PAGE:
HB 543 Regulation of Health Care Practitioners
To, Congressman Mario Diaz-Balart,
8669 NW 36th Street, Suite 100,
Doral, FL 33166.
Re: HB 543 Regulation of Health Care Practitioners.
Thank you a lot for the continued support of the people of Florida in addressing the issues about human rights - we appreciate your service. I am at this moment in the same line of thought praying for your audience on some of the challenges we, the Advanced Practice Registered Nurses (APRNs), have been experiencing due to the continued presence of barriers to full practice. The state has been experiencing this tendency about all nursing practice-based bills, and it is also evident in HB 543 Regulation of Health Care practice, where despite the bill revolutionizing the way practice protocols will be handled by APRNs, there is still the agitation of supervision of APRNs by physicians.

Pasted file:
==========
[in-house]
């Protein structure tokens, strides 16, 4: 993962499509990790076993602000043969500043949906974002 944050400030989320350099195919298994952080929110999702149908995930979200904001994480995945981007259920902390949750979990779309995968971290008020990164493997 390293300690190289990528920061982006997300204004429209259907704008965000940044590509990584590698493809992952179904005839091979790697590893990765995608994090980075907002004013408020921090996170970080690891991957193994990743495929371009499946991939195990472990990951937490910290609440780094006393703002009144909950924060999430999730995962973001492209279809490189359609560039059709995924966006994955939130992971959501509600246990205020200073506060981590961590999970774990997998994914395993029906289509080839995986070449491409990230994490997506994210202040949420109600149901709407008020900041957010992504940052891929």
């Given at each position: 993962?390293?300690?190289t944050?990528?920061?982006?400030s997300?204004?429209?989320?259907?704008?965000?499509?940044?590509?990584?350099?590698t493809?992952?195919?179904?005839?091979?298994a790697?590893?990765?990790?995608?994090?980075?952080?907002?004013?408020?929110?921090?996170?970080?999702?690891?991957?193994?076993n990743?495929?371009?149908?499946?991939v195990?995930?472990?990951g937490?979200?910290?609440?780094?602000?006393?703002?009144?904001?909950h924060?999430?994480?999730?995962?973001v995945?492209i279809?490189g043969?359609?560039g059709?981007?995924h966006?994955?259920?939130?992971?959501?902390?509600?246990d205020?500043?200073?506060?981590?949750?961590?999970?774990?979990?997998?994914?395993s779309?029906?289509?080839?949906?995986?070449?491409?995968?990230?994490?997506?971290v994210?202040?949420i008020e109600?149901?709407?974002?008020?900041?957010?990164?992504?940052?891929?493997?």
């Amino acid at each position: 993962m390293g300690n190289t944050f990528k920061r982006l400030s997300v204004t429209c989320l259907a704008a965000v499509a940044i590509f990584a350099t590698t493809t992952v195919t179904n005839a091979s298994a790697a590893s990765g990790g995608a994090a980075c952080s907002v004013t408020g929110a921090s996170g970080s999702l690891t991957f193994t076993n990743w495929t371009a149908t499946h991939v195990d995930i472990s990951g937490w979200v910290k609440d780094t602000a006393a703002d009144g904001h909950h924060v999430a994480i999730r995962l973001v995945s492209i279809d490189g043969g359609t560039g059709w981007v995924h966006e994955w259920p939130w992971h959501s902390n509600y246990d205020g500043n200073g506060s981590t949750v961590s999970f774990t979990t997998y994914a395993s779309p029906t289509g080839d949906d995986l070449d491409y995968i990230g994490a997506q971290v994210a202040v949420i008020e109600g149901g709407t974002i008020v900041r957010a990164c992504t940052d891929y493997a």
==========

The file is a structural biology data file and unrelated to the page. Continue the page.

The bill, which came into effect in June 2017, was a big win for the APRNs across the state since it meant that nurses would not have to register their practice protocols with the Board of Nursing. The new requirement is for the nurses to keep the same details within their facilities of practice, which gives them an increased autonomy in their practice (Florida Board of Nursing, 2017). This is the direction that the state and the nation at large need to go where APRNs are given the right autonomy in their practice to ensure that they concentrate on treating patients rather than meeting unnecessary protocols that have been removed in many states and no health challenges have faced the same states.